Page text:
The Bell Jar: Jo Bell's blog

"She lives the poetry she cannot write" – Wilde

The Macclesfield Mistral

I don’t know about an economic recession, but I’m beginning to think there is a cultural one. The summer feast at AllSeasons, a workshop at Little Moreton workshop and now even my splendid all-day workshop at Ellesmere Port with Kate Noakes have been cancelled due to low ticket sales. An evening of readings with Joy Winkler got only a tiny audience – though we enjoyed it – and I begin to empathise with the person who wrote on their ‘tell us about Macclesfield’ postcard that they saw it as  ‘a cultural desert, devoid of aspiration’.

 

Have the poetry fans of the North West all spontaneously decided they hate me? Possible, but statistically unlikely. Have they all gone on holiday at once? Ditto. More likely, the endless rain (currently falling at Force 2, ‘notes written in felt tip become blurry’) has at last driven them mad; and like those affected by the maddening Mistral winds in France, they are all gibbering quietly into their notebooks. As you see, small friend Iggi has already gone past the point of no return – here he is with new bath toys plastered all over his face.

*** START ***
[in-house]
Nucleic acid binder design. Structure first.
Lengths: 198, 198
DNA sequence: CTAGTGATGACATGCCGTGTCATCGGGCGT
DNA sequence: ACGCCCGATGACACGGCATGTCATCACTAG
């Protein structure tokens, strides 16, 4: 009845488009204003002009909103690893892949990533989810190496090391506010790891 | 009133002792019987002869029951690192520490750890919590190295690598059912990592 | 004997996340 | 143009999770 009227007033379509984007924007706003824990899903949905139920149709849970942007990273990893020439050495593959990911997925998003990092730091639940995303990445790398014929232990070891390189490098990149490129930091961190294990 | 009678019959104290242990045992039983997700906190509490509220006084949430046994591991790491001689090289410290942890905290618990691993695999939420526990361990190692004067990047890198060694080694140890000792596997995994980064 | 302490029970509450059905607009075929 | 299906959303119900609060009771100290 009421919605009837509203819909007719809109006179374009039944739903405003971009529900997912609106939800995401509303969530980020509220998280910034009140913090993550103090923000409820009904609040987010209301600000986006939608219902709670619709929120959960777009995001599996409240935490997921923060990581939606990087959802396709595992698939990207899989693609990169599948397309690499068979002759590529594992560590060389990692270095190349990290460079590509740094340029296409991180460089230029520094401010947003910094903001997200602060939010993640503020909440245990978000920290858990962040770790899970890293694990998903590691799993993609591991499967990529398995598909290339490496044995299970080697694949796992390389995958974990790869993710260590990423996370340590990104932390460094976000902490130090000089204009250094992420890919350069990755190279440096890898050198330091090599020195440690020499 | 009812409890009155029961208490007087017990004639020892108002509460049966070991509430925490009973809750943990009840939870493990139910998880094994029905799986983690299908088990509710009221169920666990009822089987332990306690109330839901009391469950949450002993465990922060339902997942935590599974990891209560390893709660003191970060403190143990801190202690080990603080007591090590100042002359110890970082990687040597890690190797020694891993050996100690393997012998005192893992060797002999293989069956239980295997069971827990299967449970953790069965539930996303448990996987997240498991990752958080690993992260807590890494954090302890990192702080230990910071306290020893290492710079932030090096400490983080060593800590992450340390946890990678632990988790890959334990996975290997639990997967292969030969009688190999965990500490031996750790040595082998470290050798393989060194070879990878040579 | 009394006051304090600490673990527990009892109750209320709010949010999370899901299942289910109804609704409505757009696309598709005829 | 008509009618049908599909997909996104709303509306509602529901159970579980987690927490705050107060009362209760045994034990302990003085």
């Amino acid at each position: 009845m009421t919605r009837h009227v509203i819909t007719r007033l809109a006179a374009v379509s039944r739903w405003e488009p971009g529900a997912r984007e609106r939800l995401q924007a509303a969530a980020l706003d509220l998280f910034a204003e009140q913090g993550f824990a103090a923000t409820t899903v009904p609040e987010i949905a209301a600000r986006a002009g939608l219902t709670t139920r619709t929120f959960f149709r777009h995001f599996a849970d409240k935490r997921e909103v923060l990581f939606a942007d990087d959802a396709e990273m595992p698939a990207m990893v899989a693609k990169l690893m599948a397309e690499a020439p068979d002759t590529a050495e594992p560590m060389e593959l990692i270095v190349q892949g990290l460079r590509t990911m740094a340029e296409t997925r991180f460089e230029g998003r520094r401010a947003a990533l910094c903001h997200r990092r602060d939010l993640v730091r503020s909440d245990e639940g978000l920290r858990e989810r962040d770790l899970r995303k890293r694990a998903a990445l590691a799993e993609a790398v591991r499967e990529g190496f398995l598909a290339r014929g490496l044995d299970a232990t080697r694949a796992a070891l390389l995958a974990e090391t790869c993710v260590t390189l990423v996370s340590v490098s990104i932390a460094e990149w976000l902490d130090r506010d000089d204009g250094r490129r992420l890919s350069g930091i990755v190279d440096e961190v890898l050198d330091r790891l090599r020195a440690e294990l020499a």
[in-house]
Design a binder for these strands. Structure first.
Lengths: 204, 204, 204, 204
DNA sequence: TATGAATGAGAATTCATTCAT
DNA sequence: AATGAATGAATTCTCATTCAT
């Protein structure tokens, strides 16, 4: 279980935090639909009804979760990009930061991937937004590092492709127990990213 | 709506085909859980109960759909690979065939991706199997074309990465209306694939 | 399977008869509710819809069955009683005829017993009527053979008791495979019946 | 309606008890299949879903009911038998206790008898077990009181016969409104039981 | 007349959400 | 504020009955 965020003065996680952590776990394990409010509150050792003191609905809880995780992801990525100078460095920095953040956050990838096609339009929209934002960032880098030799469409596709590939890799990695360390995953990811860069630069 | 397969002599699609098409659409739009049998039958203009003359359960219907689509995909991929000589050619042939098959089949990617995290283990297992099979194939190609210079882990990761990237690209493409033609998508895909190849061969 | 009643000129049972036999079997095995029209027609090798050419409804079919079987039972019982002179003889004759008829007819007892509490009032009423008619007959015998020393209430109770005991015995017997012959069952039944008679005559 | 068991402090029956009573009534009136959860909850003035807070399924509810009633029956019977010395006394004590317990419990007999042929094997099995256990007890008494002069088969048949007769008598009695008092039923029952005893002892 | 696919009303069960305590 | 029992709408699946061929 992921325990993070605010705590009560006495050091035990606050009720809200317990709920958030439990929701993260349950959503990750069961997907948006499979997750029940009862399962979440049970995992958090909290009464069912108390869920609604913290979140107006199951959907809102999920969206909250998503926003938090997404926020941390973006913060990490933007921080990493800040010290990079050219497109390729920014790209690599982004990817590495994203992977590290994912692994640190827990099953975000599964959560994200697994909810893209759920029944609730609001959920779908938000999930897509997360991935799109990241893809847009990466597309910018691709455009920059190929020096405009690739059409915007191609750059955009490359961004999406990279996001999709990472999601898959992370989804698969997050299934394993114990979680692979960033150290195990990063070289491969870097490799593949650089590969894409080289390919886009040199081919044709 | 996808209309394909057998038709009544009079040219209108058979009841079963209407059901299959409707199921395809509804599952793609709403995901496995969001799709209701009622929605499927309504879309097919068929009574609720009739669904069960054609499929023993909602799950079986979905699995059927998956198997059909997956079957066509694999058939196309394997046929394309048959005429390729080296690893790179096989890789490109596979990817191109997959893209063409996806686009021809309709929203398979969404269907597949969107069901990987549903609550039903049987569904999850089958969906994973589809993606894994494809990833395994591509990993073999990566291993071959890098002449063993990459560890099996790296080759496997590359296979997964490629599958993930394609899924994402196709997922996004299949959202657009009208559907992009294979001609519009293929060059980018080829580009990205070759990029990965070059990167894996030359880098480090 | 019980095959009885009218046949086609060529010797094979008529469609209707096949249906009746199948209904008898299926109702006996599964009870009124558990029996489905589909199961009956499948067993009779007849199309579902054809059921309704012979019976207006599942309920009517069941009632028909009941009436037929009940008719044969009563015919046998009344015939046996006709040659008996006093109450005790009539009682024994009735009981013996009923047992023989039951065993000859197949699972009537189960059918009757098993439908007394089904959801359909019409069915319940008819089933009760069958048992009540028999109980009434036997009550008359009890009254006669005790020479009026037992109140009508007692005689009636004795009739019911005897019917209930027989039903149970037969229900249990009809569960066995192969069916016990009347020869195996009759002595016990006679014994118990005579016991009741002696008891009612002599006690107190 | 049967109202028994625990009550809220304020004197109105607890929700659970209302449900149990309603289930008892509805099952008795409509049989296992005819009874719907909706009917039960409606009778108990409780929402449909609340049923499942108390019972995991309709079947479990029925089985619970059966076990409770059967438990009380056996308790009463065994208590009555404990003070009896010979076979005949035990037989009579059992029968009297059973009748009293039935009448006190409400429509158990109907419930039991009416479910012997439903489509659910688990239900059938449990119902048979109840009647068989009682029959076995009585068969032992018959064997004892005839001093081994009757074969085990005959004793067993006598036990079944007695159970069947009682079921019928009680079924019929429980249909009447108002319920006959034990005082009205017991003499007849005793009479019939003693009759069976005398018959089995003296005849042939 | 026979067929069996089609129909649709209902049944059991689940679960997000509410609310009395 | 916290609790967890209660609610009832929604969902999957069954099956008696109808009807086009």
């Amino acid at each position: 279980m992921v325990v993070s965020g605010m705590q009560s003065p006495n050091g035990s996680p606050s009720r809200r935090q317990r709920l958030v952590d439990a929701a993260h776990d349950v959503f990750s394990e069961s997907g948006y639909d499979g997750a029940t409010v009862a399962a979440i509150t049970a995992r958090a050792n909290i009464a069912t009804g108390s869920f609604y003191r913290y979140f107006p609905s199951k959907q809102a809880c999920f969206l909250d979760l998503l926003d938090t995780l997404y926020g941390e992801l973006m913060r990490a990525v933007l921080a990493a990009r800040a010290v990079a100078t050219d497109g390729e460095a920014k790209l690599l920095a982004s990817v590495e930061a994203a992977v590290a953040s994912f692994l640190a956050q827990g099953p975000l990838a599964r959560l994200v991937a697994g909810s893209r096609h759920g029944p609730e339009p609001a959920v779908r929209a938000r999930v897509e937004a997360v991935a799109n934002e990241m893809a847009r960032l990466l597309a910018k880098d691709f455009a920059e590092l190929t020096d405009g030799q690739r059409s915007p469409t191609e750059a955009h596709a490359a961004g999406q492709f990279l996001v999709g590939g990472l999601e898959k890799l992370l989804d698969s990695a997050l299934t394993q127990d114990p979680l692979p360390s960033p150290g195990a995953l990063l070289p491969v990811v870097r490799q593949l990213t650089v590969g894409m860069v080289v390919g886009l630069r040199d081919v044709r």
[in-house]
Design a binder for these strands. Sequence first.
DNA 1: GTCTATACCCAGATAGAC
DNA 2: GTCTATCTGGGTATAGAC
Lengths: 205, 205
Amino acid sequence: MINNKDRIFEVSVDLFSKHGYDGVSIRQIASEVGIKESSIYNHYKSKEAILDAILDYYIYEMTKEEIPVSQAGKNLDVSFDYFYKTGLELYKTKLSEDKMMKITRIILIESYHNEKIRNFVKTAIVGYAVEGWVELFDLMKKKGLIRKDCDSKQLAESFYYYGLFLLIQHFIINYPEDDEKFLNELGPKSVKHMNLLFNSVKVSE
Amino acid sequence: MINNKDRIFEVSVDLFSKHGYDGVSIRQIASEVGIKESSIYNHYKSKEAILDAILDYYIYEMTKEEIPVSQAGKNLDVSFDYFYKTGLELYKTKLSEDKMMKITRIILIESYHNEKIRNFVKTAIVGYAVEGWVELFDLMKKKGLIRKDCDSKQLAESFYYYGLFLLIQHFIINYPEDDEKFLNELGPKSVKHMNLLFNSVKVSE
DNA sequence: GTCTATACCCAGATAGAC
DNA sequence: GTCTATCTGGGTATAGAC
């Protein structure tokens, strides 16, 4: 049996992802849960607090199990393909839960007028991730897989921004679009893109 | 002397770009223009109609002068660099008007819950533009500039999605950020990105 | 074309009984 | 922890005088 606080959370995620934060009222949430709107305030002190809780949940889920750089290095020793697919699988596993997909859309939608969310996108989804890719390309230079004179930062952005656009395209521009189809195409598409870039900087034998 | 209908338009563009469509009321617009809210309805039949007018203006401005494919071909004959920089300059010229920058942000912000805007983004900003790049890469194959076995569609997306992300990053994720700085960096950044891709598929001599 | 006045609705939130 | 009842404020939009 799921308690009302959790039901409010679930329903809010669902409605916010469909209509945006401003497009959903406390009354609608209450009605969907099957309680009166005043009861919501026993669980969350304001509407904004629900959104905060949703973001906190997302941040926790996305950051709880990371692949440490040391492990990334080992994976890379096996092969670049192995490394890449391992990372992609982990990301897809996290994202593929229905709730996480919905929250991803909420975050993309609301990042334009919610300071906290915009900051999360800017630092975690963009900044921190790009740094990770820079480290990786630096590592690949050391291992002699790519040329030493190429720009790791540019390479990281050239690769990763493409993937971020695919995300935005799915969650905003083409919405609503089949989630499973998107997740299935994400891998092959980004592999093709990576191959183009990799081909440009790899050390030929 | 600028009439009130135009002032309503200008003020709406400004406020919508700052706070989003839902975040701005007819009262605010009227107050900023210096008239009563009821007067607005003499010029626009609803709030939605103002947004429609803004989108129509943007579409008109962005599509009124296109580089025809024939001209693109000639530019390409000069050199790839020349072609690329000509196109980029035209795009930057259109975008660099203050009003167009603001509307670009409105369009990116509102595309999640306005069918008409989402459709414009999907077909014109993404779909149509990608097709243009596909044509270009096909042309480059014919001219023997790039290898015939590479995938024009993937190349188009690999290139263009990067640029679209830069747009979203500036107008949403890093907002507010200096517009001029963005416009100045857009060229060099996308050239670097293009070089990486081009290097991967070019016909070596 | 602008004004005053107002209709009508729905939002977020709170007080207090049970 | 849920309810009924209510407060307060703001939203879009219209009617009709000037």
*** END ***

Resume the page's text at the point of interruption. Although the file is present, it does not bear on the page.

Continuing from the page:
One event that was a success was the sonnet trail. Joy Winkler and I had written a series of poems for the Macclesfield Cultural Festival, about landmarks in the town. We took a few hardy, waterproof souls on a walk and poeted at them in rain which ranged from Force 3 – ‘hesitation in using umbrella’ to Force 7 – ‘People take shelter in MacDonalds. Rain from umbrella pours down neck’. They seemed to like it very much, and so did we. Sometimes you don’t know what you know about a place, until you get the opportunity to pass it on.

 


Likewise you don’t know how little you know, until you talk to others. Deep in planning for the Companion Stones project (mentioned a couple of weeks ago), I went to ‘meet’ my stone with the artist Kate Genever and Ann Atkinson. We had a good long conversation at the walker’s pub Fox House, to hammer out ideas. If a problem shared is a problem halved, an idea shared is an idea doubled: we’re going back on Wednesday and things will start coming together soon.

 


Deep joy – Martin Espada has agreed to read alongside our poet in residence Paul Farley on National Poetry Day. This seems like extreme over-payment for me running him to the station after Ledbury Poetry Festival, but who am I to complain?

 

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This entry was posted on July 20, 2008 by in Writing exercises.
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